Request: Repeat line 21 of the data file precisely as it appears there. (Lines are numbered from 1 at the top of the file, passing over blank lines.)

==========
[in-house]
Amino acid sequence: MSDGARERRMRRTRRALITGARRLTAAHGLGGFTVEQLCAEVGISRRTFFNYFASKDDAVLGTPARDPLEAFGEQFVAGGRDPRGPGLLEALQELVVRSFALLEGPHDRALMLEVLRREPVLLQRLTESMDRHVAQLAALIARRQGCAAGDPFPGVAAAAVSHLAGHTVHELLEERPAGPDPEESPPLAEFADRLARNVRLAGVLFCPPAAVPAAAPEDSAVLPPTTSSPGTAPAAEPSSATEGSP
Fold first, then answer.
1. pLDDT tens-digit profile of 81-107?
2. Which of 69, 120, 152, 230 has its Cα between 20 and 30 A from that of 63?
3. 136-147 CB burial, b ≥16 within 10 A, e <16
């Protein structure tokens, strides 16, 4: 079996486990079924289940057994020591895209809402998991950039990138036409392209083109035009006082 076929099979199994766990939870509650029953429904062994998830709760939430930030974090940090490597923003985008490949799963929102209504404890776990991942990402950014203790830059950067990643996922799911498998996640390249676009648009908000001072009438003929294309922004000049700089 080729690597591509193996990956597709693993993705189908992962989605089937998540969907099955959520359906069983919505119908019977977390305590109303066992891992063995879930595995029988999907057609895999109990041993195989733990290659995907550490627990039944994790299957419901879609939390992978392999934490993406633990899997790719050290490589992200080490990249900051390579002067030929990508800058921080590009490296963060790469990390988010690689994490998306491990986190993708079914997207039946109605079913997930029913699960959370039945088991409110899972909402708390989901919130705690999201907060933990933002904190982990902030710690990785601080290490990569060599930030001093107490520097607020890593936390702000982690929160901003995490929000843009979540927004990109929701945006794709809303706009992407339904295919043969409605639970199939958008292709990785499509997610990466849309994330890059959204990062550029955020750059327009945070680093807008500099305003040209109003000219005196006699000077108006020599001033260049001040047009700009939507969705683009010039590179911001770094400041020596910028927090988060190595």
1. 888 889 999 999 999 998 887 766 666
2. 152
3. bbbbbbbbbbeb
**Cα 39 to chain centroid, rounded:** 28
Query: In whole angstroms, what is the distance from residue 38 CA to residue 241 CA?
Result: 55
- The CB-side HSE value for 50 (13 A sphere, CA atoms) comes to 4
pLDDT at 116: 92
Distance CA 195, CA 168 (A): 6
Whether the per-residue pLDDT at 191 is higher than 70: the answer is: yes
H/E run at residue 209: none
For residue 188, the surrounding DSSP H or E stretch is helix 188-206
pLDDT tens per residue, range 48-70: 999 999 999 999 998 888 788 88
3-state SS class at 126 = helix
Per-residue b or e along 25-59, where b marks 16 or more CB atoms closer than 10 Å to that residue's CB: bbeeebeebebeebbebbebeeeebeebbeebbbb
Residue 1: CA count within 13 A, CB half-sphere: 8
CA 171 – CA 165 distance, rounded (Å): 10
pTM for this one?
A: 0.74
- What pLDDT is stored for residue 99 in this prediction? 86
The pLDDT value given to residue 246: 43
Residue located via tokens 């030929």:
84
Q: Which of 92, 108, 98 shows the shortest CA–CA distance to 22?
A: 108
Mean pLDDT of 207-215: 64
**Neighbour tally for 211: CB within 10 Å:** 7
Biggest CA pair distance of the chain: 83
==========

3-state SS class at 126 = helix